In early 2017, a tussle around a statue of a woman personifying justice became a proxy for the longstanding tensions between Islamist and secular groups in Bangladesh. The sculpture, erected in front of the Supreme Court Complex in capital Dhaka, triggered a series of protests spearheaded by Hefazat-e-Islam, a hard-line Islamist group based in Chittagong. Islamist groups deem such statues to be anti-Islamic, often associating them with idol worship — a strictly forbidden practice in Islam.

Prime Minister Sheikh Hasina subsequently signaled support for the statue’s removal from the Supreme Court premises. Despite the outcry from secular groups, the authorities quietly relocated the statue to the annex building of the Supreme Court, away from the public eye. The ruling Awami League — an in-principle secular political party — is not new to the religious groups’ threats of escalating protests. In hindsight, this may look like a minor political compromise for a government in a Muslim-majority state. However, three years on, agitations over another sculpture has turned out to be Awami League’s deja vu moment. For Hasina, the ball this time has rather hit too close to home.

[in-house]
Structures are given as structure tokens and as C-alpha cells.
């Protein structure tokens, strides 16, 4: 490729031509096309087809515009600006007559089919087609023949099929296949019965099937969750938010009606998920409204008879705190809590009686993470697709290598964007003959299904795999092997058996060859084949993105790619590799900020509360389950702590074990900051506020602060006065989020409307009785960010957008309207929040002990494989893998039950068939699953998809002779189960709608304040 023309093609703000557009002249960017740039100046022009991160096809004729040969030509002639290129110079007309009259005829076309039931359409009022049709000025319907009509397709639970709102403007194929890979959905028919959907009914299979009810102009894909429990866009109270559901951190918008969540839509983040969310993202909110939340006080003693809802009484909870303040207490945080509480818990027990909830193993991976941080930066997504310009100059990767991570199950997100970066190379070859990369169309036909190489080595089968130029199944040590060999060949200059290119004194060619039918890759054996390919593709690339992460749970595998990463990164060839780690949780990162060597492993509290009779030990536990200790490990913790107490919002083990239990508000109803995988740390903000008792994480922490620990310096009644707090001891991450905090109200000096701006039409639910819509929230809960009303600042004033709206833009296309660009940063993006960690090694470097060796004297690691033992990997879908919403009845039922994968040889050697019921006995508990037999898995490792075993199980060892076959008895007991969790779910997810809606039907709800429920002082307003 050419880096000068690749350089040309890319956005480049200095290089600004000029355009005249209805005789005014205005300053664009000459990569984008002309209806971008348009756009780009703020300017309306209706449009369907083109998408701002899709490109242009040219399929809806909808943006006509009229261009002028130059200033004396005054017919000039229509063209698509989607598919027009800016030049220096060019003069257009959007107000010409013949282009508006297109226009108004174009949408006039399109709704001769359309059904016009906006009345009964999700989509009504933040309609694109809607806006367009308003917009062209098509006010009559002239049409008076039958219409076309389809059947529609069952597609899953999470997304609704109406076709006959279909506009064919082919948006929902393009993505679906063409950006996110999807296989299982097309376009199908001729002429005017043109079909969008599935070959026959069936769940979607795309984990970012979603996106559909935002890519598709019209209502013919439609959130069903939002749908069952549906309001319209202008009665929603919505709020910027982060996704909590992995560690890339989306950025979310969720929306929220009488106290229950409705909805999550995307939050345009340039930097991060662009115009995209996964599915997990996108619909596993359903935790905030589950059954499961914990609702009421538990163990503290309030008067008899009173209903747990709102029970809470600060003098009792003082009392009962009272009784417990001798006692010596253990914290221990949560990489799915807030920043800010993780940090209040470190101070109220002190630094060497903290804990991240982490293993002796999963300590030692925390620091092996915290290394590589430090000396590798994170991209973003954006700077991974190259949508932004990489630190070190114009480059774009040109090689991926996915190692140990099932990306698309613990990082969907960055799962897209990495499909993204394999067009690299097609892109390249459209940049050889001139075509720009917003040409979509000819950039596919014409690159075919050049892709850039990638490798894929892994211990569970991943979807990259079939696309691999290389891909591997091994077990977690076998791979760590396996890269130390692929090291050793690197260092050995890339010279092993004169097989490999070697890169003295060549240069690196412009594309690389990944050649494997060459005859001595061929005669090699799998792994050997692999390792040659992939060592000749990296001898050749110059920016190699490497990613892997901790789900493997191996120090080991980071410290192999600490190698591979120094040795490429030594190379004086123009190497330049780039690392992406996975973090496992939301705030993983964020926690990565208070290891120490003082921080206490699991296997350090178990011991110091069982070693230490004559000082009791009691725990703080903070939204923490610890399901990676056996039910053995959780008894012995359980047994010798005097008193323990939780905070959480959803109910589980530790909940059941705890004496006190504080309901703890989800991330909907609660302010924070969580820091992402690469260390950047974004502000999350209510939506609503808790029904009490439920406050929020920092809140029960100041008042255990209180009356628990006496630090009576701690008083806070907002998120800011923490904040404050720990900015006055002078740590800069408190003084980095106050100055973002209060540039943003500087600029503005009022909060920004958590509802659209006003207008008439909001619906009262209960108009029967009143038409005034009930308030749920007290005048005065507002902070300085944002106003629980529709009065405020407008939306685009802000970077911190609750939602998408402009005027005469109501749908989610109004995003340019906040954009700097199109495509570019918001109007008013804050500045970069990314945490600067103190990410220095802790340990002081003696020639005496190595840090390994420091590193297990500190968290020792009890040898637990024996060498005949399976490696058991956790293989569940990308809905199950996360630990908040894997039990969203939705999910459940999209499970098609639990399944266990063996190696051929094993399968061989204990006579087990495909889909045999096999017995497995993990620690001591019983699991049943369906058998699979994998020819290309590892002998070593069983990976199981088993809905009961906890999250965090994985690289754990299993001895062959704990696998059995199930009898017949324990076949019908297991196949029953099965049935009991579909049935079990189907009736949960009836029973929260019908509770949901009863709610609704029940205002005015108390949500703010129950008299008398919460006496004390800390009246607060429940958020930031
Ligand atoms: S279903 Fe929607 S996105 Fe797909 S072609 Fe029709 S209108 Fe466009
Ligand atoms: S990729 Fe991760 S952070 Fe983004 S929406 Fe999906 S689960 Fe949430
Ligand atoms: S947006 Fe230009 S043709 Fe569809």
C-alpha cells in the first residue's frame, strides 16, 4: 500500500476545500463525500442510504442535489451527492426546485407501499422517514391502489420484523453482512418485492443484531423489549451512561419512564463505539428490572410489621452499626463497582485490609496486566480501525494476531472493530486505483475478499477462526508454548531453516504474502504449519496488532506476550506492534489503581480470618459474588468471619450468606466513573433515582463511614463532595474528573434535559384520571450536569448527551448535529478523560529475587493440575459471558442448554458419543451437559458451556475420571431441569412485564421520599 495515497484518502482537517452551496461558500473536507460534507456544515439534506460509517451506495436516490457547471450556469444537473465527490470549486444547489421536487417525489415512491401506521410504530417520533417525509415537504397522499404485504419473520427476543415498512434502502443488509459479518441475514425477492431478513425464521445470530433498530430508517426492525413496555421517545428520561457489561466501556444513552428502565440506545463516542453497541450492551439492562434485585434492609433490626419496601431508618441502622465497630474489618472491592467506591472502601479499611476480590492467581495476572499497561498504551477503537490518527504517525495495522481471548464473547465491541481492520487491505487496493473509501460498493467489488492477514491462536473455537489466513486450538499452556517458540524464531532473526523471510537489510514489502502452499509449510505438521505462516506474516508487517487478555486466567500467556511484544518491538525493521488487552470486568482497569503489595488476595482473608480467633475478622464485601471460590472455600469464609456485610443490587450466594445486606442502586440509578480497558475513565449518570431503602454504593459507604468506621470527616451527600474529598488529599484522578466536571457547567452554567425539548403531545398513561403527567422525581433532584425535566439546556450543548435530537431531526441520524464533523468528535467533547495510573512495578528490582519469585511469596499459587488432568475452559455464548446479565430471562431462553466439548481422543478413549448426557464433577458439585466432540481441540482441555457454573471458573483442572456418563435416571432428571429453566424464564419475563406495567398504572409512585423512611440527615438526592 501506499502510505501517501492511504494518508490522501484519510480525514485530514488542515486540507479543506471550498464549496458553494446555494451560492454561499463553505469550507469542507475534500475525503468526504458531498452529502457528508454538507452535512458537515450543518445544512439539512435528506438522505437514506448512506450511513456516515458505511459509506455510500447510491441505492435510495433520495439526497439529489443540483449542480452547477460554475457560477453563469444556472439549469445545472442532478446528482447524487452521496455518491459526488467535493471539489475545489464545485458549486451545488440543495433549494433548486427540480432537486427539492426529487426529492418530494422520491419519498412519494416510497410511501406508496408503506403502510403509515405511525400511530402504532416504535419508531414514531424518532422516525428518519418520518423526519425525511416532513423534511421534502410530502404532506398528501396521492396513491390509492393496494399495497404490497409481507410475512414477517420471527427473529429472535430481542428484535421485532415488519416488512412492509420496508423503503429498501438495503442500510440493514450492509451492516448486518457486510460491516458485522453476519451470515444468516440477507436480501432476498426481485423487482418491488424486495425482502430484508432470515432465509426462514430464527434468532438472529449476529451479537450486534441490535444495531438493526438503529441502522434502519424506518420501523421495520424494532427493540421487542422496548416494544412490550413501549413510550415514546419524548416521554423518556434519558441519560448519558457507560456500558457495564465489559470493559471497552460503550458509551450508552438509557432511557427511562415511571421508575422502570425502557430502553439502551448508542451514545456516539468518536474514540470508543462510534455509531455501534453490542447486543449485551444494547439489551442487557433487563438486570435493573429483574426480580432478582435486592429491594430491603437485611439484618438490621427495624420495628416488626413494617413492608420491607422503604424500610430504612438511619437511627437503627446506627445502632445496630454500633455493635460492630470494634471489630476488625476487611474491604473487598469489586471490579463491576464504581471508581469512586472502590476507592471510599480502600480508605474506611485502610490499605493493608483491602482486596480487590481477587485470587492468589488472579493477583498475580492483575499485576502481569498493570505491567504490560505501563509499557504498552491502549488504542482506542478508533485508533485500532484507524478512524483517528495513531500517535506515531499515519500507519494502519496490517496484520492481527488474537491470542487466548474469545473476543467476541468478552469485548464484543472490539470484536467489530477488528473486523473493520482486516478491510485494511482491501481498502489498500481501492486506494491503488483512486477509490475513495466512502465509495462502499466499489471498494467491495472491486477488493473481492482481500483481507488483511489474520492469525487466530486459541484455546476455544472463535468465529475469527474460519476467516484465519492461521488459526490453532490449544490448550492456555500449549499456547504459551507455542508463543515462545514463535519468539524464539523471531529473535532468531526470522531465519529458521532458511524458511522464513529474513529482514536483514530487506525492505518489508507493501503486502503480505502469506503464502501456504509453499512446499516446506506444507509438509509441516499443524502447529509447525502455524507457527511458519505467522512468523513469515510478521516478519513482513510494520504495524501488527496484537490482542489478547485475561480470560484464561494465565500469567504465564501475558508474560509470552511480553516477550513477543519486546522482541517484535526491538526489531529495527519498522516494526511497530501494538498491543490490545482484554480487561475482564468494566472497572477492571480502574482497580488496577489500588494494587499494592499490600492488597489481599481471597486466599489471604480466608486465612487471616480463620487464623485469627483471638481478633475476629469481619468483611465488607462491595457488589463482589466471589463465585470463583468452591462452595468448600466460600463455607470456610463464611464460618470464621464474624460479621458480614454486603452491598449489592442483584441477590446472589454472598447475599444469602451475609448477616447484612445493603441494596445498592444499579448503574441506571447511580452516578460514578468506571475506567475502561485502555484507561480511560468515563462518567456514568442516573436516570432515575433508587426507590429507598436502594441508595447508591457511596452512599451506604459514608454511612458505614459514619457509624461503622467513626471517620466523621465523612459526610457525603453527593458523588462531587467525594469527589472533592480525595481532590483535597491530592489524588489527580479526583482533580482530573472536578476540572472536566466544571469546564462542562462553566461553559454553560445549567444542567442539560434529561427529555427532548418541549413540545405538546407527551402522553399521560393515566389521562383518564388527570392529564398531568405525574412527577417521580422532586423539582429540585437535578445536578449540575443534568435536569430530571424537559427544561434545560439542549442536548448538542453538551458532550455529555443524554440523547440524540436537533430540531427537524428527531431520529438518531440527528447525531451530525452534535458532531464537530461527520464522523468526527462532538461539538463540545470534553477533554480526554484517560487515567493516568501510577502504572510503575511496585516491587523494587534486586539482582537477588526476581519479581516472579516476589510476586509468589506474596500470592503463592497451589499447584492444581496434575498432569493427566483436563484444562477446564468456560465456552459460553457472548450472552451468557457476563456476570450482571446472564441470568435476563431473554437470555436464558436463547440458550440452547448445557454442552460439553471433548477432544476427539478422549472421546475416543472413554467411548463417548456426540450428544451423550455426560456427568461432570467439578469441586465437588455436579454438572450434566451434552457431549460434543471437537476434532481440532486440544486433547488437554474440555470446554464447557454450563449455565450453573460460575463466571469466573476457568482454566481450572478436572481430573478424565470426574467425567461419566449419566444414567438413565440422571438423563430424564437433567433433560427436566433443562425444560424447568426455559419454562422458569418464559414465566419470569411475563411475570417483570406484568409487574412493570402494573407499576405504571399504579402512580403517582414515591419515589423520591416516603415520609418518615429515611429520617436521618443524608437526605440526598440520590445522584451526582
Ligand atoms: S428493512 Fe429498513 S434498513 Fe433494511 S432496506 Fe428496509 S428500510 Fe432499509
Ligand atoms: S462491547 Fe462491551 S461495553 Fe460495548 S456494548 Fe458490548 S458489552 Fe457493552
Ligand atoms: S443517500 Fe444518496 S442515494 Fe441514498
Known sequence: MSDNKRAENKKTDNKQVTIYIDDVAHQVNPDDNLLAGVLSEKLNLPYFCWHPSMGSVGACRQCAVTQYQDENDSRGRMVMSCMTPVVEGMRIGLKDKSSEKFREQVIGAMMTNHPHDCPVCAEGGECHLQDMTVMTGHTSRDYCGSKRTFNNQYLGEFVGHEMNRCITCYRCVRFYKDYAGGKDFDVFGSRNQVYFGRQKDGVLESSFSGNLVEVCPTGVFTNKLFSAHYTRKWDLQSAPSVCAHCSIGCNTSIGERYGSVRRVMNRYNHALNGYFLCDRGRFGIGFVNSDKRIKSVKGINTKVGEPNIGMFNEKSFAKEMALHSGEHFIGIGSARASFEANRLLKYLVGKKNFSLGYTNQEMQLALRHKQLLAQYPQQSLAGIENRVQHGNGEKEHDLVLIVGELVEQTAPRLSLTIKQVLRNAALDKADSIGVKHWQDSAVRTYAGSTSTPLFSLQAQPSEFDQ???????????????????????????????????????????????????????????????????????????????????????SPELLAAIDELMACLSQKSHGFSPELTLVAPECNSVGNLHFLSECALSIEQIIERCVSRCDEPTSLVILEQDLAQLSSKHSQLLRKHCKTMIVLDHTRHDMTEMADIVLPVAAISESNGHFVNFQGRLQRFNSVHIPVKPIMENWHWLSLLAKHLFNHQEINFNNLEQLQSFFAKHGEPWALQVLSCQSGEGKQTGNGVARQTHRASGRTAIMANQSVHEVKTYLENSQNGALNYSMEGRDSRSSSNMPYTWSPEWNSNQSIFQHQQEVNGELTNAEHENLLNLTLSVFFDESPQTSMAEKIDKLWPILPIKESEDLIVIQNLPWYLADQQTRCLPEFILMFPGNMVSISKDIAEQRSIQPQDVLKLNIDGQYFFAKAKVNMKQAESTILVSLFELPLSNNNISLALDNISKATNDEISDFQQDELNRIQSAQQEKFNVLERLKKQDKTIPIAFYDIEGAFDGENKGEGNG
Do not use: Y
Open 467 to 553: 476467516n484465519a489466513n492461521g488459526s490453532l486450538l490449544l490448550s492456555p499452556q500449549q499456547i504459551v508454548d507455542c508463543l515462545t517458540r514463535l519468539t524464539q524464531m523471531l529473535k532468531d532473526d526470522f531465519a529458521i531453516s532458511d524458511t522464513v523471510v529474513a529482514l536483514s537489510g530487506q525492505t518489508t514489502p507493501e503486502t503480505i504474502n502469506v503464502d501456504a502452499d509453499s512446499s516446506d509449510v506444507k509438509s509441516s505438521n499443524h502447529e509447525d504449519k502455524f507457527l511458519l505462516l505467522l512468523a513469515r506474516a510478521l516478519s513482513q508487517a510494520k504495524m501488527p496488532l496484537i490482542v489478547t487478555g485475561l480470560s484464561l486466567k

The government had sanctioned several projects to erect sculptures of the country’s founder Sheikh Mujibur Rahman in 2018. For Hasina, the daughter of Rahman, the emotional value of such projects far surpassed the necessity of having a statue in the Supreme Court premises. Despite the onset of the COVID-19 pandemic, the regime was busy celebrating “Mujib Year” — the centenary of the founder’s birth. Disregarding the risks related to the spread of the virus, fireworks and other celebratory gatherings continued in Dhaka.